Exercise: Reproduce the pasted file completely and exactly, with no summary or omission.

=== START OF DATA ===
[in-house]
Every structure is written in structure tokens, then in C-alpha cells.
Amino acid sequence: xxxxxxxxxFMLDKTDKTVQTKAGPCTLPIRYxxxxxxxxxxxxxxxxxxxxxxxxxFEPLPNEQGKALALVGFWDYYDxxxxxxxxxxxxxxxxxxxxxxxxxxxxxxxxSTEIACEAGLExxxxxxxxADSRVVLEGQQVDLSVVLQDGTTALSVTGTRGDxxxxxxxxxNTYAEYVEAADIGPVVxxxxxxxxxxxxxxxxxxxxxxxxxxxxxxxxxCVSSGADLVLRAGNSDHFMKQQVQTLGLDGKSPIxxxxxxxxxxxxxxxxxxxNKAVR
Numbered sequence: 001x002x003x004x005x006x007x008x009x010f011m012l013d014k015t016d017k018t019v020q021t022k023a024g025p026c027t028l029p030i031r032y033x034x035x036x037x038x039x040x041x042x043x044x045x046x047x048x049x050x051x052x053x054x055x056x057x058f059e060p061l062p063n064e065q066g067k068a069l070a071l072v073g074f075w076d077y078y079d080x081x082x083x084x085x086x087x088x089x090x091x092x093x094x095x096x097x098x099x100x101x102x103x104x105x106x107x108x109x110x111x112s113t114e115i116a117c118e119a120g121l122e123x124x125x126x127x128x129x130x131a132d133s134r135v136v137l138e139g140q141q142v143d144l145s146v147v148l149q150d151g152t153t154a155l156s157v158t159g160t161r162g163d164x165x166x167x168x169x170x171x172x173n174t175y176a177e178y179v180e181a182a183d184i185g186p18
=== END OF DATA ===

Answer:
[in-house]
Every structure is written in structure tokens, then in C-alpha cells.
Amino acid sequence: xxxxxxxxxFMLDKTDKTVQTKAGPCTLPIRYxxxxxxxxxxxxxxxxxxxxxxxxxFEPLPNEQGKALALVGFWDYYDxxxxxxxxxxxxxxxxxxxxxxxxxxxxxxxxSTEIACEAGLExxxxxxxxADSRVVLEGQQVDLSVVLQDGTTALSVTGTRGDxxxxxxxxxNTYAEYVEAADIGPVVxxxxxxxxxxxxxxxxxxxxxxxxxxxxxxxxxCVSSGADLVLRAGNSDHFMKQQVQTLGLDGKSPIxxxxxxxxxxxxxxxxxxxNKAVR
Numbered sequence: 001x002x003x004x005x006x007x008x009x010f011m012l013d014k015t016d017k018t019v020q021t022k023a024g025p026c027t028l029p030i031r032y033x034x035x036x037x038x039x040x041x042x043x044x045x046x047x048x049x050x051x052x053x054x055x056x057x058f059e060p061l062p063n064e065q066g067k068a069l070a071l072v073g074f075w076d077y078y079d080x081x082x083x084x085x086x087x088x089x090x091x092x093x094x095x096x097x098x099x100x101x102x103x104x105x106x107x108x109x110x111x112s113t114e115i116a117c118e119a120g121l122e123x124x125x126x127x128x129x130x131a132d133s134r135v136v137l138e139g140q141q142v143d144l145s146v147v148l149q150d151g152t153t154a155l156s157v158t159g160t161r162g163d164x165x166x167x168x169x170x171x172x173n174t175y176a177e178y179v180e181a182a183d184i185g186p18